Emergency: Break piggy bank, not nest egg

A hefty retirement fund is great, but it's good to have an emergency stash of cash, too.

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By Walter Updegrave, Money Magazine senior editor

Walter Updegrave is a senior editor with Money Magazine and is the author of "How to Retire Rich in a Totally Changed World: Why You're Not in Kansas Anymore" (Three Rivers Press 2005)

NEW YORK (Money) -- Question: I'm 25 years old and am considering upping my contribution to my 401(k) from 20% of my salary to 30%. My only hesitation is that I don't currently have any other savings. What do you think? Should I just go ahead and build my 401(k) as much as I can or should I set aside some savings in another account? --Jonathan M., Rockville, Maryland

Answer: It's not often that I find myself in the position of telling people who want to contribute more money to their 401(k) that that they probably shouldn't. I'm usually doing the opposite: encouraging people to sock away as much as they possibly can in their workplace plans.

In your case, though, I think that, for now at least, you'd be better off using the extra 10% of salary to build an emergency savings fund equal to three to six months' worth of living expenses.

The reason is simple. Life, like the financial markets, can get bumpy, and it's nice to have a reserve fund that you can fall back on during turbulent times. Without such an emergency stash, you might have difficulty meeting an unanticipated expense or coping with a financial setback such as the loss of a job. Even if you could tap your 401(k) for emergency cash, it could be a hassle or expensive or both.

With a loan, for example, you'll have to repay it with interest. If you can't make the payments and the loan goes into default, you would owe taxes and a 10% early withdrawal penalty on the amount of the loan and, possibly, accrued interest. (Here's more on the potential pitfalls of a 401(k) loan.)

As for a hardship withdrawal, even if you meet the stringent requirements, you don't get a pass from the taxman. You'll still owe tax and a 10% penalty.

Suffice it to say, you'll have a lot more maneuvering room and be better prepared to get through a rough patch financially if you've got savings aside from any money you have in 401(k) and IRA accounts.

And fortunately, it's not like you'll be jeopardizing your future retirement security by not increasing your 401(k) contributions. Why? Well, if you go to our How Much You Need to Save Calculator and plug in your age, annual income, and the amount you already have saved, I think you'll find that someone your age putting away 20% of salary is probably already saving more than enough for a comfortable retirement. That's not to say that you should slack off. A lot can happen over the next 40 or so years, so it's always good to have a nice cushion. But given your tender age and your prodigious savings rate, you certainly don't need to worry about delaying going to a higher contribution rate until after you've created your emergency savings fund.

Assuming you do build an emergency stash as I suggest, I think you ought to keep this money in highly secure and liquid investments -- short-term CDs, a bank savings or money-market account, or a high-quality money-market fund -- in a regular taxable account. That way you'll have unfettered access to your stash.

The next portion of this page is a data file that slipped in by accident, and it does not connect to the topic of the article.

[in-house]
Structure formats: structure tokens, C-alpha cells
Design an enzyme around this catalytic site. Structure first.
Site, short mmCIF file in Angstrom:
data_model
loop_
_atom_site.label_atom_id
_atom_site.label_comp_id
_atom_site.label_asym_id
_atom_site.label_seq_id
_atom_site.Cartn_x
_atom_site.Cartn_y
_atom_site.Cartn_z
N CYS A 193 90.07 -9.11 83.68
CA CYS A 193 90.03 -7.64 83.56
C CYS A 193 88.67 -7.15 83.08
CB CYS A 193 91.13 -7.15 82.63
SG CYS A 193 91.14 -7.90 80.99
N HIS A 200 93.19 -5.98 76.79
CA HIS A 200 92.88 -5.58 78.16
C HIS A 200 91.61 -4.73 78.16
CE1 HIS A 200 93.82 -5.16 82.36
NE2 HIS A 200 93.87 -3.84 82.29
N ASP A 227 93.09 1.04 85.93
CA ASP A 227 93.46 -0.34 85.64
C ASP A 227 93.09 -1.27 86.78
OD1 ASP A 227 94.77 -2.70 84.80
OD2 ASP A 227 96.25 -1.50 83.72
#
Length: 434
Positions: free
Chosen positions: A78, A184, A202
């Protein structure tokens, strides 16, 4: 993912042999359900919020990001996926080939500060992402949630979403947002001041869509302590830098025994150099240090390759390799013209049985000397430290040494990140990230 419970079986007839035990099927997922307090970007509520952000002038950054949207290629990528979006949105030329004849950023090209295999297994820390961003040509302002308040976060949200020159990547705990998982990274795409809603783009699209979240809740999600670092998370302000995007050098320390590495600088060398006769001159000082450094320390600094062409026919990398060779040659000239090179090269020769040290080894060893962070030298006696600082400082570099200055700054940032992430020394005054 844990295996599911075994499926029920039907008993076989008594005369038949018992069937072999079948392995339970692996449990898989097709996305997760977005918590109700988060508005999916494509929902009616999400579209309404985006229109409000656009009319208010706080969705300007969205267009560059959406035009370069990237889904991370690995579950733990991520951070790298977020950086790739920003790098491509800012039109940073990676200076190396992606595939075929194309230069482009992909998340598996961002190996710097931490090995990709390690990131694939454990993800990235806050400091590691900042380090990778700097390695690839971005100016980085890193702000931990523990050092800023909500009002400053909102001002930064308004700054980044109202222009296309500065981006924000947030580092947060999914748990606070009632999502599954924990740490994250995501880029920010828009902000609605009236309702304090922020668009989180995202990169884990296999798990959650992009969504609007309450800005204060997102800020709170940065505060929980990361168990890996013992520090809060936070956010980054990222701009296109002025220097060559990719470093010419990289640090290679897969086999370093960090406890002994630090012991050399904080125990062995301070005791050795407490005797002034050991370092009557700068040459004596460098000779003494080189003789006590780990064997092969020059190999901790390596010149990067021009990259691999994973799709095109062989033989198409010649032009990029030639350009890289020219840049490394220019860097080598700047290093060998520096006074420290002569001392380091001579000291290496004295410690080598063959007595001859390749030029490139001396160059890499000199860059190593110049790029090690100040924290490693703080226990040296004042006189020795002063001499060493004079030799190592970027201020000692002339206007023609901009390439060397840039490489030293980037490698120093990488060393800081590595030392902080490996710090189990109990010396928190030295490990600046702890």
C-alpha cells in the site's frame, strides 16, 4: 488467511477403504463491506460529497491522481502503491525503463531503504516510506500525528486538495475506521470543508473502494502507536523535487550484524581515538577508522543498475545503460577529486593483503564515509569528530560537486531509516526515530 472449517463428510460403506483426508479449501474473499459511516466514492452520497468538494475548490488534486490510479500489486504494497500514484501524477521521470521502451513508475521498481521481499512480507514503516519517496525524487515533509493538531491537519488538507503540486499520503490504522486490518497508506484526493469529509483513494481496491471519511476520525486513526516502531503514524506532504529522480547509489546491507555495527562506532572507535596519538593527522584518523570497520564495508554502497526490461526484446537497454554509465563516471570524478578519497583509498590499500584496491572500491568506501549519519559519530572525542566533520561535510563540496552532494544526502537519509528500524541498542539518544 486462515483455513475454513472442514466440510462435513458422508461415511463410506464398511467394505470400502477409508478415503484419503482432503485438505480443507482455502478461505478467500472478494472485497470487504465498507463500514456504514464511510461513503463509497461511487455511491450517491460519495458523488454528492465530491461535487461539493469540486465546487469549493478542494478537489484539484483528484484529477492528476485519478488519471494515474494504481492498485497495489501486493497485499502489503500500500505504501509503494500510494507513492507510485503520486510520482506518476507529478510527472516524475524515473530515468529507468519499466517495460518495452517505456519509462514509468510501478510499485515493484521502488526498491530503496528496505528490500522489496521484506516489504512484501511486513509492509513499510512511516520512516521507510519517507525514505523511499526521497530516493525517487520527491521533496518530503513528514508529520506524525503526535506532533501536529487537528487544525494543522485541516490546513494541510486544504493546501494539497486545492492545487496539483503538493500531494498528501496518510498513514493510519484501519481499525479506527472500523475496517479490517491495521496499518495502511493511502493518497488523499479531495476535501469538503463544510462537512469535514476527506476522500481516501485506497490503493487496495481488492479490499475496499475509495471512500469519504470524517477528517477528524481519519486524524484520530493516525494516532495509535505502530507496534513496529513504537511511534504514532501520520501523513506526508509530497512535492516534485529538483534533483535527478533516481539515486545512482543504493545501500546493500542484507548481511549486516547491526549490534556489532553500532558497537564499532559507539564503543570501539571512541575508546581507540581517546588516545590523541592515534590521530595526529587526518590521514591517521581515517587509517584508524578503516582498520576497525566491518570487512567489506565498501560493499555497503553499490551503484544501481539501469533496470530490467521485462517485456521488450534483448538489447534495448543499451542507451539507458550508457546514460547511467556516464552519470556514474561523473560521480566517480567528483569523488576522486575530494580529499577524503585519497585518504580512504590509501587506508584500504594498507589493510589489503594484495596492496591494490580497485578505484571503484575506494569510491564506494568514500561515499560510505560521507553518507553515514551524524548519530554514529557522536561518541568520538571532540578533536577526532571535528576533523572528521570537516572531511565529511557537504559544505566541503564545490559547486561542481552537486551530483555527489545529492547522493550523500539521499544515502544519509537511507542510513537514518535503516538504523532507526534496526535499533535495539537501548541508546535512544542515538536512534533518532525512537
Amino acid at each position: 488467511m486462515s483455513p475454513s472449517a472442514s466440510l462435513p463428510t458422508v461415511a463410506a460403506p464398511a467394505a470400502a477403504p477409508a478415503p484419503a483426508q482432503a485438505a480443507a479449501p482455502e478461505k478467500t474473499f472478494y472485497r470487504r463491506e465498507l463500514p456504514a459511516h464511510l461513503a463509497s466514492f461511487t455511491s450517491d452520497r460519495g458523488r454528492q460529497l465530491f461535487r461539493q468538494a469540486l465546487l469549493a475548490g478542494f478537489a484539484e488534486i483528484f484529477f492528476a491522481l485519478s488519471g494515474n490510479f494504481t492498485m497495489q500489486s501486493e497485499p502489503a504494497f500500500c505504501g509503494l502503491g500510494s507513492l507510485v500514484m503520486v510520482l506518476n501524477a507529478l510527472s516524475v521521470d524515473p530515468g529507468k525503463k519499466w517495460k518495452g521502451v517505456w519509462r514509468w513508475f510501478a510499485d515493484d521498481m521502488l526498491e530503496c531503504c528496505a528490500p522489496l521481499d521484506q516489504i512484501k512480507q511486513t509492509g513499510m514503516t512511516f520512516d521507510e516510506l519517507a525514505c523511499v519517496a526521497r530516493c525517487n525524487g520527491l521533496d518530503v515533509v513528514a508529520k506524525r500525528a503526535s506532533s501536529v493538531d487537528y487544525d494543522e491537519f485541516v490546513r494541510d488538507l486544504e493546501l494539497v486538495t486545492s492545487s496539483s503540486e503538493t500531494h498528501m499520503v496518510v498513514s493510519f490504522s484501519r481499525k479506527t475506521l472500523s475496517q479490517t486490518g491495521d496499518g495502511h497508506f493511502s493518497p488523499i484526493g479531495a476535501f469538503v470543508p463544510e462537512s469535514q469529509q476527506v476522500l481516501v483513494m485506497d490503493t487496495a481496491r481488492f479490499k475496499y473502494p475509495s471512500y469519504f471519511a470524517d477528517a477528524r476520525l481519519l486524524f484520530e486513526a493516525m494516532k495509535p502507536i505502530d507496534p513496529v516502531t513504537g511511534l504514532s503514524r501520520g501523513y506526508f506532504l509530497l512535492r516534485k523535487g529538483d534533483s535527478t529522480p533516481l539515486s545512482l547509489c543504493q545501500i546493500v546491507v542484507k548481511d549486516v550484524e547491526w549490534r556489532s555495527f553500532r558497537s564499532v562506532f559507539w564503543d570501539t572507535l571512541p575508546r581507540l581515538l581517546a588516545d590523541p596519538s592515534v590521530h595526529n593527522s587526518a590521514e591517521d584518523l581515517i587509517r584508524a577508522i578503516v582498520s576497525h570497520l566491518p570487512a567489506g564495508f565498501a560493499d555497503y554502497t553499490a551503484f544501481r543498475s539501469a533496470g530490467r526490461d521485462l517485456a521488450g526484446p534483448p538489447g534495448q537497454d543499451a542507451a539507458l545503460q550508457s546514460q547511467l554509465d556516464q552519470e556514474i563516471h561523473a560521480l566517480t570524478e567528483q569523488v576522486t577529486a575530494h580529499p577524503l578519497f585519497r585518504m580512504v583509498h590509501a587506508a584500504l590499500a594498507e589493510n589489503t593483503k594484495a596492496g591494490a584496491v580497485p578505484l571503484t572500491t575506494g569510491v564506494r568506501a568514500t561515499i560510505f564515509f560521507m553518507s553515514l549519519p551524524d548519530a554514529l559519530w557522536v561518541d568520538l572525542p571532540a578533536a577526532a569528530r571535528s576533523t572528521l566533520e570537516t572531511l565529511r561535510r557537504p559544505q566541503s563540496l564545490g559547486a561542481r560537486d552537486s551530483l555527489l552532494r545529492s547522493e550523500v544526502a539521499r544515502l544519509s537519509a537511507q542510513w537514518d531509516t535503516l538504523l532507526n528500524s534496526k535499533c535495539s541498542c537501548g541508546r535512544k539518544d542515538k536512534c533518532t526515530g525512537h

But if you're really bummed out about missing the opportunity to save more bucks in a tax-advantaged retirement account, I'll throw out one idea that could allow you to have ready reserves for an emergency but also reap some tax benefits at the same time: open a Roth IRA account (assuming you qualify, of course).

I mention this, because the Roth IRA has a feature that can allow it to double as an emergency savings stash --namely, you can withdraw your own contributions at any time without paying tax or penalty on them.

So, for example, if you contribute $5,000 to a Roth IRA this year (which is the max in 2009 for people under 50) and $5,000 next year, you would have $10,000 that you could withdraw in a pinch without paying tax or penalties.

This approach has a downside, though. If you really want to be sure your Roth contributions will be there for you to meet a cash crunch, you'll have to invest them the same way you would the money you put in a taxable emergency fund -- i.e., money funds and the like. Which means a young person like you who should be investing his retirement savings predominantly for growth might have a sizeable portion of his nest egg in low-yielding cash equivalents.

What's more, you wouldn't have access to anything in your Roth IRA beyond your own contributions unless you pay tax and, unless you qualify for one of the limited exceptions, a 10% penalty.

Given these drawbacks, I think you're probably better off just building your cash reserve in a regular old taxable account. It's simpler and cleaner. Once you've done that, you can get back to fattening your retirement accounts even more by increasing your 401(k) contributions. Or you might even try a strategy I've mentioned before of complementing your 401(k) with a Roth IRA (although in this case, the Roth would serve as a retirement account, not as a cash cushion).

So as much as I admire your zeal to save even more for retirement, I suggest you channel those extra resources toward an emergency savings fund. By doing that, you'll have more financial security during your career, and you'll reduce the chances of a layoff or other financial setback derailing your retirement plans. To top of page

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